Developing copyright exceptions to facilitate access to copyright works for people with a print disability
thesisposted on 28.03.2022, 18:59 authored by Jingyi Li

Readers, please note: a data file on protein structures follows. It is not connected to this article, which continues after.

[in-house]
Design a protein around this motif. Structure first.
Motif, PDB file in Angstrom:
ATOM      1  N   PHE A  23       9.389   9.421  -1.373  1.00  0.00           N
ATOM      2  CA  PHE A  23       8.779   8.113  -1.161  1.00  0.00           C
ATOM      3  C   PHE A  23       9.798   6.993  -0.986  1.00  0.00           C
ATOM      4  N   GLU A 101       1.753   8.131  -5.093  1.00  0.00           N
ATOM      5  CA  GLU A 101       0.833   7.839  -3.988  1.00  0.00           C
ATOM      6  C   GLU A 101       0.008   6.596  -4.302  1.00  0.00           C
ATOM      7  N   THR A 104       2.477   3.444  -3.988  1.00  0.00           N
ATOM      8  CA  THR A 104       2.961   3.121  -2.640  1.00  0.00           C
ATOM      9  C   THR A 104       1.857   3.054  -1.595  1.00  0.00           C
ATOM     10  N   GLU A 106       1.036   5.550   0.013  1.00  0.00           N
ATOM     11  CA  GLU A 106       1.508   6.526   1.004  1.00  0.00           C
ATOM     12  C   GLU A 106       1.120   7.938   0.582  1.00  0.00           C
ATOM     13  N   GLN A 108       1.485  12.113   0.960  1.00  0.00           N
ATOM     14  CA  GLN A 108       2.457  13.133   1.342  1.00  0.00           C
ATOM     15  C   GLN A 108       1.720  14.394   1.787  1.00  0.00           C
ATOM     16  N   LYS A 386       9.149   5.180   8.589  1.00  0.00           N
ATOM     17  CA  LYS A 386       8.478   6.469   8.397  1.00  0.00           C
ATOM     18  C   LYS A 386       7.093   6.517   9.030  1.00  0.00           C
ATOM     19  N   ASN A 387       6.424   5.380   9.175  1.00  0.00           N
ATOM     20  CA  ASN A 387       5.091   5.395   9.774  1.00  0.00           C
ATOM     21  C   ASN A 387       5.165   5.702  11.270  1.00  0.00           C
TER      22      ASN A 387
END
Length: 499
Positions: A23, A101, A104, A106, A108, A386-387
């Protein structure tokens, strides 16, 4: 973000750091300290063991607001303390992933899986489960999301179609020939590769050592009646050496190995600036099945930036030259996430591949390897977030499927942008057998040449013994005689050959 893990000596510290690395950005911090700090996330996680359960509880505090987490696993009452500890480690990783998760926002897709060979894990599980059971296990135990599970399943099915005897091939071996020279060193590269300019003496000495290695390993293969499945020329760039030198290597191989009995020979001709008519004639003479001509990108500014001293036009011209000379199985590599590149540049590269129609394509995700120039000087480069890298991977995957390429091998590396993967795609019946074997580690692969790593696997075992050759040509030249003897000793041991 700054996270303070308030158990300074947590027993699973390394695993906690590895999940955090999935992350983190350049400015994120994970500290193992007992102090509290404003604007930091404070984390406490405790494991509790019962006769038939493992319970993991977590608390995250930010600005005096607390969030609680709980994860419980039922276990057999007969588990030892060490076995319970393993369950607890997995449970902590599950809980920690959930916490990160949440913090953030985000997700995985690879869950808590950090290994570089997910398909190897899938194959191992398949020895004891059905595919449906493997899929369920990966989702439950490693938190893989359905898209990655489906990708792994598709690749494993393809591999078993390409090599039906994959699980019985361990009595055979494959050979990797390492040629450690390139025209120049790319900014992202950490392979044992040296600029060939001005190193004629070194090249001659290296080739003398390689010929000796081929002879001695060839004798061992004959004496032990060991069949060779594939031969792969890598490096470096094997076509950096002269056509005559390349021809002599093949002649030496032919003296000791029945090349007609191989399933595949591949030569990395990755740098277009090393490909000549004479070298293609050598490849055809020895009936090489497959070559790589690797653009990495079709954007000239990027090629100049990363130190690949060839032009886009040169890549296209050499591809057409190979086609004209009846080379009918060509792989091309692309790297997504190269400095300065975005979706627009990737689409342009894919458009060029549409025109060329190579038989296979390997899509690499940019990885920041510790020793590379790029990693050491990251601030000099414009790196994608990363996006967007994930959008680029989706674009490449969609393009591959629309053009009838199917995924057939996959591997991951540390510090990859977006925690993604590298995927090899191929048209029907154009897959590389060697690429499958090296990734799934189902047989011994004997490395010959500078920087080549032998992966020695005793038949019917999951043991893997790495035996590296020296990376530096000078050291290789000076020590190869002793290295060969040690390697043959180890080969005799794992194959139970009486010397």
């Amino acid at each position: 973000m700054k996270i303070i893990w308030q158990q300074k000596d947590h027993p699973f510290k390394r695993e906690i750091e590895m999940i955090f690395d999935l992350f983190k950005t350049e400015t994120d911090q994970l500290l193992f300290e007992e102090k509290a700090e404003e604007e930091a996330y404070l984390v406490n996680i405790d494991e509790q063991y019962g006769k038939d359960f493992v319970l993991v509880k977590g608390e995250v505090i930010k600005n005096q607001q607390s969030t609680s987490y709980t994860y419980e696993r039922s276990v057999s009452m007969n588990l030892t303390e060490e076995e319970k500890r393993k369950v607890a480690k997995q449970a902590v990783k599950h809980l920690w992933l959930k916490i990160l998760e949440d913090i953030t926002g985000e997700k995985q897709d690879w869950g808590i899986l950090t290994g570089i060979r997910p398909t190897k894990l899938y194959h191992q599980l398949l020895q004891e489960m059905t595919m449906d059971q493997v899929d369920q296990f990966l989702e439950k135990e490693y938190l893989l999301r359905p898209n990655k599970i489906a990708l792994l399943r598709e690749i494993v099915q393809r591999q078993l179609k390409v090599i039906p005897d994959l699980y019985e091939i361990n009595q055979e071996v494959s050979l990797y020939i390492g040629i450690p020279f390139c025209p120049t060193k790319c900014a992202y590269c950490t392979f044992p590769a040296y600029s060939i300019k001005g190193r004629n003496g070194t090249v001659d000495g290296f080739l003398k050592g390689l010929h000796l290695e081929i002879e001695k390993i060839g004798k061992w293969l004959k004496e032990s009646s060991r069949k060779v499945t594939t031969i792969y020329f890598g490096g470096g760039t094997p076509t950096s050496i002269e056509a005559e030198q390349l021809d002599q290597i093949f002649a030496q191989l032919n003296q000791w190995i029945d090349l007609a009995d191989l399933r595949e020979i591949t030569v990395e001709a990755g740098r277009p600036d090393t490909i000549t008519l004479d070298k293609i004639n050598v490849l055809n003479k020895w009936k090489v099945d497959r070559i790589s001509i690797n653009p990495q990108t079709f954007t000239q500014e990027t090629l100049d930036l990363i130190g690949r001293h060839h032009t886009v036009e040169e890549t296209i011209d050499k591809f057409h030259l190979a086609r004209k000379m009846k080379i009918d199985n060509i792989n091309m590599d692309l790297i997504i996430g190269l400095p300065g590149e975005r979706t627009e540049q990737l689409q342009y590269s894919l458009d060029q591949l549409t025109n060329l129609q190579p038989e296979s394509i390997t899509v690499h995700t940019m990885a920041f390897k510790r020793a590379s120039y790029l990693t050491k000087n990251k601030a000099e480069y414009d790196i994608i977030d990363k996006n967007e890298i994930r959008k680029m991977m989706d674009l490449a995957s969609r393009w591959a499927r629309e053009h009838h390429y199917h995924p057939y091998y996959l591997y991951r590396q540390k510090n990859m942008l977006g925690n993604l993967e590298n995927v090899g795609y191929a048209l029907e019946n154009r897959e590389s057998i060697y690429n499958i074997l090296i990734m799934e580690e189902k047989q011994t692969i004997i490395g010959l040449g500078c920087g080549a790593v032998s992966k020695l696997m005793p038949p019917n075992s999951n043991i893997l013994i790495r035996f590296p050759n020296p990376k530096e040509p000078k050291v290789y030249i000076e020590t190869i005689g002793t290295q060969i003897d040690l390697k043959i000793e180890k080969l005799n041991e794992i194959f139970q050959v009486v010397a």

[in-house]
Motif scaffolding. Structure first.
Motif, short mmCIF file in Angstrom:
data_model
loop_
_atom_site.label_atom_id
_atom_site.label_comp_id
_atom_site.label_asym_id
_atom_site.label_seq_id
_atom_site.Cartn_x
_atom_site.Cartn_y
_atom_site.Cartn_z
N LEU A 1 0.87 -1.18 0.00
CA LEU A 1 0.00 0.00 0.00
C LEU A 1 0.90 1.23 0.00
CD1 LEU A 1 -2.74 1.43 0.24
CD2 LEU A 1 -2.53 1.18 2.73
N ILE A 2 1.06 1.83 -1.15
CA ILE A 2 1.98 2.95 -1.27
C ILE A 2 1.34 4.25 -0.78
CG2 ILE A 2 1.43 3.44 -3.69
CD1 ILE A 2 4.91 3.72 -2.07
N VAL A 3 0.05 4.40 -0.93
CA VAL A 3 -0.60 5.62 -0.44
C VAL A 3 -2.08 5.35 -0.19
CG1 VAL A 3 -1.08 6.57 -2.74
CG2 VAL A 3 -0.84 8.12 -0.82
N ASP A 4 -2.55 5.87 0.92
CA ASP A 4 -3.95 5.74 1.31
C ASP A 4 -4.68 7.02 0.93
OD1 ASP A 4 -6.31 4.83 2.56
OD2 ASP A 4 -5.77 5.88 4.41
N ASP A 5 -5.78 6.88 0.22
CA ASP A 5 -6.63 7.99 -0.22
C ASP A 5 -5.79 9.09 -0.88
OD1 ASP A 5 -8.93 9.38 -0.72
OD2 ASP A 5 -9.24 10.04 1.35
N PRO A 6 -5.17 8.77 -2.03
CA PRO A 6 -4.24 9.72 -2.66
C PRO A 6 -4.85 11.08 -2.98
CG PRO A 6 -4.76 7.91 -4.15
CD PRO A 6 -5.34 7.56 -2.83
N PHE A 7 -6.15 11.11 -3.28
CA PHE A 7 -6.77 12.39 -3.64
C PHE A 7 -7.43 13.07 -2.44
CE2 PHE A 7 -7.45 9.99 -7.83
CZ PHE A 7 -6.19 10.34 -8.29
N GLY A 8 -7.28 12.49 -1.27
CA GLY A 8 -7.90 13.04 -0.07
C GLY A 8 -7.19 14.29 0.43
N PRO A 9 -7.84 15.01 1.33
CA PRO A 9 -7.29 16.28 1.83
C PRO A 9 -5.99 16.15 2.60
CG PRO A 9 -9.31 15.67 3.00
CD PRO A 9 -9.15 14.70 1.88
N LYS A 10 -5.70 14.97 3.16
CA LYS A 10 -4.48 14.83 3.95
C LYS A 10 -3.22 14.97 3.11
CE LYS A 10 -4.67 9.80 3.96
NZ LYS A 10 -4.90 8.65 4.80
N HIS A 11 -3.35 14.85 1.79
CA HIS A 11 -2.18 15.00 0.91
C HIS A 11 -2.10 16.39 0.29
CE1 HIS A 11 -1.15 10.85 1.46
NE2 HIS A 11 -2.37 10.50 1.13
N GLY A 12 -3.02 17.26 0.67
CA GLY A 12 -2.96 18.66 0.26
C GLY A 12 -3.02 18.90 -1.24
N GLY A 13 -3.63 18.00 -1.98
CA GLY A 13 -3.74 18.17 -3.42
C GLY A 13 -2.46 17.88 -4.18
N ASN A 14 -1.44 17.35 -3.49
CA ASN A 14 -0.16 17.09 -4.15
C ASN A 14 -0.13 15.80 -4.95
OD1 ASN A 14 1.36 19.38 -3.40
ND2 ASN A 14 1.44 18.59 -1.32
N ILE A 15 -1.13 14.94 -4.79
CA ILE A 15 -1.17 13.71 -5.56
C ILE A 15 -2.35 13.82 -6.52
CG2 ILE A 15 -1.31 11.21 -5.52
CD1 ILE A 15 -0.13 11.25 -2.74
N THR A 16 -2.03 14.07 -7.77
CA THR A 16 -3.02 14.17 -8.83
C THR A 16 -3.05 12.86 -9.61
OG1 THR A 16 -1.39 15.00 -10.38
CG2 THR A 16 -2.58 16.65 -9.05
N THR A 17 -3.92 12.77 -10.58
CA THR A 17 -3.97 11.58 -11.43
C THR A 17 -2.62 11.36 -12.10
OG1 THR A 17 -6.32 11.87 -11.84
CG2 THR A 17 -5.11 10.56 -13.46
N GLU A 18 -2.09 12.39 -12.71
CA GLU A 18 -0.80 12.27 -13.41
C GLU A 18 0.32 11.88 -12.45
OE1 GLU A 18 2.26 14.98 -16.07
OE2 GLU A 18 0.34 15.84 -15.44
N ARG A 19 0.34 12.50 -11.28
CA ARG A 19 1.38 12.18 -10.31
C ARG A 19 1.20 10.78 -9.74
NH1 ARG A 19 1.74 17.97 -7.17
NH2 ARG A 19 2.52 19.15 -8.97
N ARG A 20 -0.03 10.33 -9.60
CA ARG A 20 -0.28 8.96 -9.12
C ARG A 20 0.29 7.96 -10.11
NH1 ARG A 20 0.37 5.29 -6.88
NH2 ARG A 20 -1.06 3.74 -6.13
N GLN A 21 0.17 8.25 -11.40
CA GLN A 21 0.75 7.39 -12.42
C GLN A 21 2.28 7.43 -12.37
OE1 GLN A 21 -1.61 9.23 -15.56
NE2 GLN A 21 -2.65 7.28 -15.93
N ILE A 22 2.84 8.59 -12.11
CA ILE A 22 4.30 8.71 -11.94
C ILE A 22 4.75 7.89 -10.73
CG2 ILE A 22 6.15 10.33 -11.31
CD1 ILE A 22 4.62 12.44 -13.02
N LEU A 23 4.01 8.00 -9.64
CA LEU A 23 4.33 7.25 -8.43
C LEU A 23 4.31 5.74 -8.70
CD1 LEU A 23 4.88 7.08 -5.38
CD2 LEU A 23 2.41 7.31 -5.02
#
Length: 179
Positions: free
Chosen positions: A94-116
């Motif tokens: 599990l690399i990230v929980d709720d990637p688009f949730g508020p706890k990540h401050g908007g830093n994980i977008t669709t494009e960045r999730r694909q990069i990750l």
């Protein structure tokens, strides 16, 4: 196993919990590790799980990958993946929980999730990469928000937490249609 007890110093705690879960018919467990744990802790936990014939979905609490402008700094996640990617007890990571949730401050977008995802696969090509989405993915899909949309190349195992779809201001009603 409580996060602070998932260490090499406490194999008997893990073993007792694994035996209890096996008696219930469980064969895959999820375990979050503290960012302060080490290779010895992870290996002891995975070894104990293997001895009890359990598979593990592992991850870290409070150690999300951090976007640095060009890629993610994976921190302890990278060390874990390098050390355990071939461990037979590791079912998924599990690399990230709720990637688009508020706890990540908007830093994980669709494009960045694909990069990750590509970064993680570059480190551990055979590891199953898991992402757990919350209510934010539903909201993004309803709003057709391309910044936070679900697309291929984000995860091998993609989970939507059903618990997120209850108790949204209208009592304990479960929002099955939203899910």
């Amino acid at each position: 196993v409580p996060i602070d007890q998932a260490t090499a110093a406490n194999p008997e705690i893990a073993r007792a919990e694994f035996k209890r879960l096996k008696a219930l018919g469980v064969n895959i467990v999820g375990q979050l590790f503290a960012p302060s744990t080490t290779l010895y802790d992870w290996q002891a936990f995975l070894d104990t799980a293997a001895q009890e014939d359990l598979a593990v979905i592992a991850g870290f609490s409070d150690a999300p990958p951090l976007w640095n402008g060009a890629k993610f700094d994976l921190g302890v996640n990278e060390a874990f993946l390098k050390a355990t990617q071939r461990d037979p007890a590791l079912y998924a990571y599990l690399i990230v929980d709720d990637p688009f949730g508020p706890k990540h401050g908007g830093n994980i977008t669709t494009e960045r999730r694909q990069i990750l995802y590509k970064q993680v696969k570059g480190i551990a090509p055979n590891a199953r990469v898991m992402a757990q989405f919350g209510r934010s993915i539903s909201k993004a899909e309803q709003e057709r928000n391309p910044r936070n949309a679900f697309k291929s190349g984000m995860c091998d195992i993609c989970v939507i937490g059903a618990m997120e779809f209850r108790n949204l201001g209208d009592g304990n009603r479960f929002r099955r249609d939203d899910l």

Persons who are blind, visually impaired, or otherwise print disabled commonly experience difficulties in accessing information as only a limited selection of books are published in Braille, audio or other accessible formats. This problem serves to then limit their fundamental human rights, including cultural, economic and political rights relating to knowledge and personal development. To resolve this issue, the Marrakesh Treaty to Facilitate Access to Published Works for Persons Who Are Blind,Visually Impaired, or Otherwise Print Disabled (2013) obligates Contracting Parties to provide limitations and exceptions in their national copyright laws to permit the production and communication of copyright works in accessible formats without the authorisation of copyright right holders. The objective of this thesis is to examine whether, and to what extent, the Marrakesh Treaty, and the national laws implemented to fulfil the obligations of the Treaty, effectively reconcile the conflict between the protection of copyrights and access to copyright works for print disabled persons. The thesis develops a theoretical framework to reconcile and balance copyright and human rights, and analyses a range of national law, with a special focus on Australia and China, in order to evaluate the effectiveness of current copyright exceptions and limitations. The thesis concludes that the Treaty significantly strengthens access to published works by print disabled persons as it provides mandatory and well-designed copyright exceptions and limitations that effectively calibrate personal proprietary rights with the fundamental human rights of print disabled persons. However, the thesis further submits that the effectiveness of the Treaty could be substantially enhanced by implementing provisions in relation to reasonable pricing, providing exemptions relating to remuneration, developing precise criteria for identifying qualified beneficiaries, and extending the obligations of the Treaty to information and communication technologies.